Does Kratom Really Kill? Officials Aren't Telling the Whole Story
John Grove stood out among the dozens of fatal drug overdose victims the Georgia Bureau of Investigation examined in November 2016.
It wasn’t just the 34-year-old’s hulking frame. At 6 feet 4 inches and nearly 270 pounds at autopsy, Grove’s muscular body showed few signs of the years he’d spent battling opioid addiction.
But when his toxicology test came back in January 2017, it revealed something unusual. There were no opioids in his system, nor were there cocaine or benzodiazepines, which are now responsible for the overwhelming majority of drug overdoses. Instead, Grove tested positive for a single substance: mitragynine, best known as the psychoactive ingredient of kratom, an herbal drug derived from the leaves of a Southeast Asian tree related to coffee.
And it was mitragynine that had caused Grove to collapse on the floor of his coworker’s bathroom and die, GBI concluded.
It was an odd and seemingly unprecedented determination. Scientists say there’s scant evidence that mitragynine causes fatal overdoses, and many kratom advocates claim that overdosing on the substance alone is impossible. Although authorities have come forward with reports of deaths supposedly related to kratom, all of the cases they’ve cited publicly have involved the presence of other, often more dangerous drugs, making it nearly impossible to discern kratom’s role in the fatalities.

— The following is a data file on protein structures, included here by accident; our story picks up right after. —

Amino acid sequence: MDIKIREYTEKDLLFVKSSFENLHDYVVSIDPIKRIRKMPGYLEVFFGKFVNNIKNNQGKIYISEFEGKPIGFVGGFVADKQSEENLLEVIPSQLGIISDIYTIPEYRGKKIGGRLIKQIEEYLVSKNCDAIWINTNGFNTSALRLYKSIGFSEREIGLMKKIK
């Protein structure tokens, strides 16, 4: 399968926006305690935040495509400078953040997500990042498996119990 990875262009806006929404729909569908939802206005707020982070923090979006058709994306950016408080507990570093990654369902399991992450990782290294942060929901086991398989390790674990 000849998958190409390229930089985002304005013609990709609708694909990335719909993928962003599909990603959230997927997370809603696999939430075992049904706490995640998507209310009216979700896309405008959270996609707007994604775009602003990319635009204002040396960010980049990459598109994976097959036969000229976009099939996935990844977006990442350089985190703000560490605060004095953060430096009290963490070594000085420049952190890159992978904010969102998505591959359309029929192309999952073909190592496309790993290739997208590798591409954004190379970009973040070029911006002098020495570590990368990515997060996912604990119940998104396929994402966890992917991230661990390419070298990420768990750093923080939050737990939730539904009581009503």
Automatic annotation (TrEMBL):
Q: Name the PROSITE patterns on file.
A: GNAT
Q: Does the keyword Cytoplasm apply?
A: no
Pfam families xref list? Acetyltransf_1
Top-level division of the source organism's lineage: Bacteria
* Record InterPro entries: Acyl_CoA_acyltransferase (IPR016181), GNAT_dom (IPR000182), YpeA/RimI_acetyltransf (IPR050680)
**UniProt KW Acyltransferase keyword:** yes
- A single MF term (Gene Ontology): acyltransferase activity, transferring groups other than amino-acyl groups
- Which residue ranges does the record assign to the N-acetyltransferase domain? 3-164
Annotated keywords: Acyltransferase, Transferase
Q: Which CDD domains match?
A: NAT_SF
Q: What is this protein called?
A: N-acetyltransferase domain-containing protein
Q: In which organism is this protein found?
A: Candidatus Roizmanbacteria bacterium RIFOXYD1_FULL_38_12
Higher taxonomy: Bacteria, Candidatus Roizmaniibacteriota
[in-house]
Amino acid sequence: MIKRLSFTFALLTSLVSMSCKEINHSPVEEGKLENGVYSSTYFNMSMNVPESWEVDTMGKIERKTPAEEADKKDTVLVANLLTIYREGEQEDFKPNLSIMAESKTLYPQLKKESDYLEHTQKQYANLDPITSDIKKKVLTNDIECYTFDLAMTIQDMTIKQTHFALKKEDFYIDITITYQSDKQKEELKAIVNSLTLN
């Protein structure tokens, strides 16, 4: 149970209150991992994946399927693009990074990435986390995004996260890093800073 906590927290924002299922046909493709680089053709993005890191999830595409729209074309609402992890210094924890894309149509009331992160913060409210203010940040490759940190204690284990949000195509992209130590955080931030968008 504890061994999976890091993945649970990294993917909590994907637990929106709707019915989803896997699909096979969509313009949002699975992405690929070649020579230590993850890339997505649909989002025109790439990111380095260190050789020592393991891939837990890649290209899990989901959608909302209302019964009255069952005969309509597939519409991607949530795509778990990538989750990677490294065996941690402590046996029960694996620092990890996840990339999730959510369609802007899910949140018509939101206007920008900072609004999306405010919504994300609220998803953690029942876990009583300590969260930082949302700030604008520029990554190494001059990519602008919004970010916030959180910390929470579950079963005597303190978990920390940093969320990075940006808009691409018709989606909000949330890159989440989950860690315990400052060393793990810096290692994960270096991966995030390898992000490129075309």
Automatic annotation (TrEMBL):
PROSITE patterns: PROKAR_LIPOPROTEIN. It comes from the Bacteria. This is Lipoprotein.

But mitragynine was the only substance on Grove’s toxicology test. His death, listed as an “acute mitragynine intoxication,” could have provided an important window into how this drug supposedly kills humans when taken in isolation.
HuffPost took a closer look at Grove’s case and other “kratom-related deaths” in Georgia. We found that not only is the state using sloppy reporting on these deaths, likely overestimating the apparent harms of kratom, but the state also appears to be rushing to blame mitragynine for the deaths of people like Grove, even when there may be more likely culprits.